Back at Euston, I look for the Lost Property Office. Does such a facility still exist? There had been one in the mid-1970s, when I inquired fruitlessly after my long stripy Doctor Who-style scarf. Perhaps nowadays they simply destroy everything right away as a suspect package. Eventually I spot the office, over beyond the newspaper stands and photo booth in an unfranchisably gloomy corner. It's actually open, roller-shutter up, two bored men waiting at the counter. A pegboard notice displays set charges for the retrieval of various items: umbrellas, cameras, coats, briefcases and, scribbled on cardboard underneath, mobile phones and laptop computers. There is no mention of contemporary or modern British art.

"I left a painting on the last train from Birmingham yesterday."

A twitch of interest passes over the first man's otherwise inscrutable face.

"Could you describe it, sir?"

With a slight sinking feeling, I recall the familiar course of polite conversation: "So, what are your paintings like, then?"

This is no time for equivocation. I look the man unflinchingly in the eye.

"It's 40 centimetres square, unframed, signed on the reverse, predominately greenish-blue with bubble-like marks covering most of the surface . . ."

As I am speaking he moves back to peer behind a tall screen: the entrance, I presume, to the Vaults of the Unclaimed.

"Could you describe it a little more, sir?"

"Well, there is an inset landscape, in grey tones: a canal-side with some warehouse buildings."

He nods faintly, still scanning the hidden catacombs, and when I stop speaking, turns back to me briefly.

"OK, and . . . ?"

I am momentarily stunned. I am forced to imagine that he has something like the Royal Academy Summer Show back there, with paintings of various genres racked up the walls.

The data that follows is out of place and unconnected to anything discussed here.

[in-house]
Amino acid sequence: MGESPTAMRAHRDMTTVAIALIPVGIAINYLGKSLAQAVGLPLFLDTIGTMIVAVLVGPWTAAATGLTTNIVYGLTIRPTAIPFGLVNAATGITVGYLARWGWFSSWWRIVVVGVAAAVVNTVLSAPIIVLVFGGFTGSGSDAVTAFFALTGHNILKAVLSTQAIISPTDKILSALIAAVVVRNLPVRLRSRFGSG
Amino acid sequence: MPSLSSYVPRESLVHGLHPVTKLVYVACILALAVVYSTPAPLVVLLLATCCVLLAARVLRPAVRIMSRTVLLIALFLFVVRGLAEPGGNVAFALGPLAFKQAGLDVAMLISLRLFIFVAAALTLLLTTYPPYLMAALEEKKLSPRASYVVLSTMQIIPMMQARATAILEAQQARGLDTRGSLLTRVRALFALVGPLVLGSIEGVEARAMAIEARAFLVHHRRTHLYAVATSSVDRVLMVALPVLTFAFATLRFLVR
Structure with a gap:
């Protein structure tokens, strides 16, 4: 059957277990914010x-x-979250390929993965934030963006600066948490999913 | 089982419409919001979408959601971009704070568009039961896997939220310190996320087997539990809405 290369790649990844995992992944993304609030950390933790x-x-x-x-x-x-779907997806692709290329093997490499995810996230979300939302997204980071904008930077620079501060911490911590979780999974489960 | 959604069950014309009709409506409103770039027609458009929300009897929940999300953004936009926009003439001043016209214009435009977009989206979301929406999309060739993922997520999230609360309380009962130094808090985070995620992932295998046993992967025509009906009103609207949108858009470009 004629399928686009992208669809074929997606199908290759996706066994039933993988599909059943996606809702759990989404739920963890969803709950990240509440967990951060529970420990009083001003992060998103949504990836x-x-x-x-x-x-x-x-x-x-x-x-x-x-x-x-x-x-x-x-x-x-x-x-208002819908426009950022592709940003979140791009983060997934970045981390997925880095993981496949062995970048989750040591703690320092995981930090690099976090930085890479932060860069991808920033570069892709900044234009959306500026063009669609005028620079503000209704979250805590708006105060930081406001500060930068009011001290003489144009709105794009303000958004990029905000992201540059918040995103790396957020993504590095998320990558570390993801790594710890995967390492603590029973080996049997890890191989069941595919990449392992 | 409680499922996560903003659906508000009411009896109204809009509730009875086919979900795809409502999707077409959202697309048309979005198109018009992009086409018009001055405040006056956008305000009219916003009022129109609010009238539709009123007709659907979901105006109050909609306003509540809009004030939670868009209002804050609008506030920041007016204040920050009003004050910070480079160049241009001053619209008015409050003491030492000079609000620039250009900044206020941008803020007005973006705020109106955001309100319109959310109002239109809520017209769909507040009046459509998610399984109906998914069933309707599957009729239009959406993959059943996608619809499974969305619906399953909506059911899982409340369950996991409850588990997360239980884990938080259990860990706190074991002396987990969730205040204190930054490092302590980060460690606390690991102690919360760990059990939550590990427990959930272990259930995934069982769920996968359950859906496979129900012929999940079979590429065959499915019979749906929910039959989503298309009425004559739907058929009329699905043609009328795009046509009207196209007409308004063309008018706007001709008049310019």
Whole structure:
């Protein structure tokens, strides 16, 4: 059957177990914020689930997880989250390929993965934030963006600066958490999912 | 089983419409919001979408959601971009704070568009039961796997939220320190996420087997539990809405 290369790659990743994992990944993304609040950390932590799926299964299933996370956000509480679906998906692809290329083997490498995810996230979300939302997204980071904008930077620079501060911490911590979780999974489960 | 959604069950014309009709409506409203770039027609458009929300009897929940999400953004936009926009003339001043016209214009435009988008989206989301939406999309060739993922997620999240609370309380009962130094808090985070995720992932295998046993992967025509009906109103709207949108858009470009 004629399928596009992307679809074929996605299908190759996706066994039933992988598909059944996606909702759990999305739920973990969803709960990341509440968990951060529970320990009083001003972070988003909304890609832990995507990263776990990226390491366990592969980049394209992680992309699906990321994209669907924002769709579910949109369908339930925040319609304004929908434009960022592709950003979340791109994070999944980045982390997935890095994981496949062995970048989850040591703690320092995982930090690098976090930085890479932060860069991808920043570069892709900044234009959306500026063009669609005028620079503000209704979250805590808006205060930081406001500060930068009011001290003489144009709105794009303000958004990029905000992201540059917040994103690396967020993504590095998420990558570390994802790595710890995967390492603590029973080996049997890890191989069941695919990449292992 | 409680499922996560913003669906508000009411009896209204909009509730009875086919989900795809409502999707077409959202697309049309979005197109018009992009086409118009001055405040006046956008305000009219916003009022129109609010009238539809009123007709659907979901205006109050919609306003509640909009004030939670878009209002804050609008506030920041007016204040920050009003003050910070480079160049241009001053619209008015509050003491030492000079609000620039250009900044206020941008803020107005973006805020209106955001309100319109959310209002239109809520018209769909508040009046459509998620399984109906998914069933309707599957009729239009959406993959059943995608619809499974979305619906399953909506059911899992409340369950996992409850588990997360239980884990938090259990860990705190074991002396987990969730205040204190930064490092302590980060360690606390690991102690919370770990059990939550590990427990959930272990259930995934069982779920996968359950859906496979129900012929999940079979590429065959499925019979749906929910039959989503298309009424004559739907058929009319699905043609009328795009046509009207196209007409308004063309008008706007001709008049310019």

"Well, there are two small figures in the bottom-right area, who, umm, might appear to be having a pillow-fight on a sort of pipe thing."

He continues to nod. Under his passive interrogation, my memory of my own work, and my ability to describe it, start to fray.

"There's a thick blob of red - no, I changed it - orangey paint in the upper right, well, just above mid-point. You can just see part of another figure, but it may not be noticeable, I painted it out mostly . . . did I say green-blue? Well, it's more green-grey really . . . you see, although I call them 'bubbles' it's really a way of structuring the paint marks so that colour can be modulated across the surface in a way that appears to trap light and . . ."

Eventually, after some minutes of participation in what feels like a cross between an art-school critique and a radio quiz show, he reaches into the store and pulls out my painting, with the stern-but-fair expression of a satisfied examiner. I have passed the test and managed to regain my work by describing it just adequately. I unravel in gratitude and relief: "Thanks so much . . . I'm so pleased to get it back . . . what's the fee?"

He leans back and exhales the air of a negotiator who knows he's arrived at the most interesting stage of a transaction:

"Well, sir, what would you say it was worth?"

From Short Stories About Painting, edited by Jeffrey Dennis.

The exhibition of the same name runs 9 September to 15 October

at Art Space Gallery, London N1 (020 7359 7002)

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Bohemian rhapsody: Jeanette Winterson’s “cover version” of The Winter’s Tale

 Jeanette Winterson's The Gap of Time is full of metaphorical riches.

Shakespeare – that magpie plunderer of other people’s plots and characters – would undoubtedly have approved. The Hogarth Shakespeare project invites prominent contemporary writers to rework his plays in novelistic form and this is Jeanette Winterson’s reimagining of The Winter’s Tale. Like the original, it shuttles disturbingly between worlds, cultures and emotional registers. It has never been an easy play, for all its apparent focus on reconciliation, and Winterson handles the gear-changes with skill, moving between the offices of Sicilia, a London-based asset-stripping company, and New Bohemia, a New Orleans-like American urban landscape (with interludes in both a virtual and a real Paris).

Her Leontes is a hedge-fund speculator, Polixenes a visionary designer of screen games (the presence of this world echoes the unsettling semi-magic of Shakespeare’s plot). They have a brief and uncomfortable history as teenage lovers at school and Polixenes – Xeno – has also slept with MiMi (Hermione), the French-American singer who eventually marries Leo.